Thursday, April 9, 2015

Eau Revoir, Mr. Pickles

I'm changing the cat's name to Michael Schumacher.  But pronounced as one word, like the tiger Richard Parker in The Life of Pi.  Which was as overrated a book as I've read in a long time.

Funny the stuff that just comes to you in the middle of the night.

It should be noted that were Michael Schumacher a dog I would, under almost no circumstances, change his name.  Dogs give a shit about their names.  Cats?  Not so much.  Cats give a shit about food, and you can call them what you like so long as you give it to them.

Perhaps, were my dog (a white Lab, just to pick a breed at random) named Isis I would change it.  Because those dudes get enough ink without me helping.  And fuck them anyway.  So I guess in that situation I'd change his name, even though I know it would be hard on the dog.  Not as hard, one should say, as what the producers of Downton Abbey did to Lord Grantham's dog (a white lab named Isis, as chance would have it).  Hell, they killed the damned thing.  Fictionally, of course.  But still ... pretty harsh.  Gave the poor thing cancer and for episode after episode members of the Grantham clan would stare at poor Isis and wonder what was wrong with him.

So I'm changing the cat's name.

Many of you have read one or more of my "Saigon: Too Big To Fail" novellas.  Which, I would tell you if you haven't read them, are magical.  What you may not know is that under the nom de plume of Geoffrey V. V. Raymond (which makes me smile just typing it) I'm creating a second series of books.  High Fantasy.  Because, hey, my parents sent me to military school when I was twelve.  Don't ask, although it had something to do with a shed burning down, plus some other factors, none of which, other than the shed, were my fault.  At least not some of them.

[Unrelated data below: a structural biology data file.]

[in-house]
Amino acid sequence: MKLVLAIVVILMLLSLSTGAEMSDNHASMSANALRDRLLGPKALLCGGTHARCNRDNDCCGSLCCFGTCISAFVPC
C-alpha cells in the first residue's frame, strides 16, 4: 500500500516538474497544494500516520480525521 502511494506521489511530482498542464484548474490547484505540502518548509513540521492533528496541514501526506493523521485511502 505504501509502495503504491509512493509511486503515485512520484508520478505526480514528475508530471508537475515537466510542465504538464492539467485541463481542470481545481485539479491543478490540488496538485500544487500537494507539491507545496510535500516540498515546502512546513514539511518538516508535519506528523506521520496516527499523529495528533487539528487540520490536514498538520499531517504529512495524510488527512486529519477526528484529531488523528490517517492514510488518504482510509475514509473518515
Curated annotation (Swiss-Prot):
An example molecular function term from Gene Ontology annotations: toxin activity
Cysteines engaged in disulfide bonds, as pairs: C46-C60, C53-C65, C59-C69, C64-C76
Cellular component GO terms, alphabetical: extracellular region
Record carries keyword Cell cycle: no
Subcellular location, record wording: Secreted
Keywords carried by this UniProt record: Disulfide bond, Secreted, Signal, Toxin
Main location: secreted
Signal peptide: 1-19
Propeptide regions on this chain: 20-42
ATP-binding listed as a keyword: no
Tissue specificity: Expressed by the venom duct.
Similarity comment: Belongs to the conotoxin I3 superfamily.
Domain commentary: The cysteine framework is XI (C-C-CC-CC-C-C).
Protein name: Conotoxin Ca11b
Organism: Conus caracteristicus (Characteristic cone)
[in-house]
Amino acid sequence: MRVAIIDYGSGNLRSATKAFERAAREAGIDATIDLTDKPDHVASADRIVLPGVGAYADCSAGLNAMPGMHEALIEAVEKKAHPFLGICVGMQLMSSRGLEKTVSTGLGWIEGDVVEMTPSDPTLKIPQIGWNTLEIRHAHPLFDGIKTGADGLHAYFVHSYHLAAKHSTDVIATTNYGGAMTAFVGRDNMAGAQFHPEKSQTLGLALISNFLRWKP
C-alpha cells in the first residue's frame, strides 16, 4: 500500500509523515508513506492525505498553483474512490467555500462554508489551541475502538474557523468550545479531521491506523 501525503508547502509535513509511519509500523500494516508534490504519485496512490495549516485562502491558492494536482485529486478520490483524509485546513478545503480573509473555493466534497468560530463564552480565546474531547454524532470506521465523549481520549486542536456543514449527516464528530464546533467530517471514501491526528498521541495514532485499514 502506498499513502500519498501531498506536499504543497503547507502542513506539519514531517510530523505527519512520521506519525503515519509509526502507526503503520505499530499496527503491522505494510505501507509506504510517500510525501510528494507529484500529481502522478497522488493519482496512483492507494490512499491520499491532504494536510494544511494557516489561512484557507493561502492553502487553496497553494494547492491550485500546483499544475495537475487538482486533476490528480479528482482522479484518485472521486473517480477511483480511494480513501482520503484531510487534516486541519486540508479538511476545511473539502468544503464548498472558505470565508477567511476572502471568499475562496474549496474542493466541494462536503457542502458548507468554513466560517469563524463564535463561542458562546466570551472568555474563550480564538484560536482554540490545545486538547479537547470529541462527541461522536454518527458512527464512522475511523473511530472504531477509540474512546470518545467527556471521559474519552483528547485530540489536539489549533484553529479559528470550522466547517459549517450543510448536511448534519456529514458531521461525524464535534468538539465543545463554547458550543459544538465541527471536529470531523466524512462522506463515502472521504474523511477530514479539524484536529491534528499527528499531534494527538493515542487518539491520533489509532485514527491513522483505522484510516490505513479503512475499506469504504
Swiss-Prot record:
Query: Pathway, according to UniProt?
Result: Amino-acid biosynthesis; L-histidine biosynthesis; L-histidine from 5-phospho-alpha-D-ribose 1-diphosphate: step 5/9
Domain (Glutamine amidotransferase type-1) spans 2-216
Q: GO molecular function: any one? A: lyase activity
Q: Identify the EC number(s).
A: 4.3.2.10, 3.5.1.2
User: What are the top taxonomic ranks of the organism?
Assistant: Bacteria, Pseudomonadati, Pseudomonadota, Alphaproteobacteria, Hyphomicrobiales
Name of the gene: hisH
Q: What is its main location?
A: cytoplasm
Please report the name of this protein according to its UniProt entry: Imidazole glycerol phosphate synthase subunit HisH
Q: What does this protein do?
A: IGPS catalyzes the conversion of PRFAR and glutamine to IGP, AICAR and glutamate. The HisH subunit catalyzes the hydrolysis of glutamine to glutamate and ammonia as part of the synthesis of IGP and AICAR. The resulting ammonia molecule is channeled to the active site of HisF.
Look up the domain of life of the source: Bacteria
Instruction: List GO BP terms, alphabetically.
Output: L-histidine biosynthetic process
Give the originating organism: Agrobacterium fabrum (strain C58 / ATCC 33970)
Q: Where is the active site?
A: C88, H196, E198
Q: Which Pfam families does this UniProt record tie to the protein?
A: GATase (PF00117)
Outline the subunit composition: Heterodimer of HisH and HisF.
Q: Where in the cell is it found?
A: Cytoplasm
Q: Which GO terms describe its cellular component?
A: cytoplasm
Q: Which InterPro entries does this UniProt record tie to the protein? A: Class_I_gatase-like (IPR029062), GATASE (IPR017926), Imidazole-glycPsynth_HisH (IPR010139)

Anyway, what do you do at military school when you're twelve?  First off, you try to survive.  Second, you get lucky and your roommate hands you a copy of The Lord of the Rings and you read it straight through like it was crack cocaine, then again like it was heroin, then again like it was LSD and then again until suddenly its the fall of 1970, you're going into the 11th grade, and you are doing so at no less a place than Fairfax High School.

"Free at last!" I remember thinking, followed quickly by "Shit -- look at these girls!"

The point being that the stuff you read at certain points in your life sticks to your brain.  The working title of the thing is "The Keldish Song," which I like, although it, like everything else at this point, is certainly subject to change.  And it involves the time-worn trick of certain people, including the hero, finding themselves transported from a world the reader recognizes (i.e. New York circa 2013) to someplace else.  Someplace medieval, but way nicer than it was during the actual middle ages.

Here's a bit where the hero meets somebody he suspects is also from New York.  He's just extended his hand in greeting -- something they don't do in what I'm currently calling Alternate World, although I feel certain that will change.

      “Nice to meet you,” she responded while shaking it.  “My, it’s been a long time since I’ve shaken somebody’s hand.  Barbreque Cumberbatch at your service.  Head Librarian.”
     “That’s a lovely name,” I said with a smile.
     “Thank you.  I made it up when I got here.”
     “You made it up?”
     “I came here from a very great distance – a very great distance indeed – and I thought if I was going to start over I’d rather do it with a fun name.”
     “If you don’t mind me asking, what did you change it from?”
     “Melissa Schwartz.”
     I wasn't sure what to say about that, so I left it alone.
     “It’s not like it’s such a bad name,” she said.  “But it’s not Barbreque Cumberbatch, is it?”
     For some reason I wanted to hug the woman.  

See?  Everybody's changing names.

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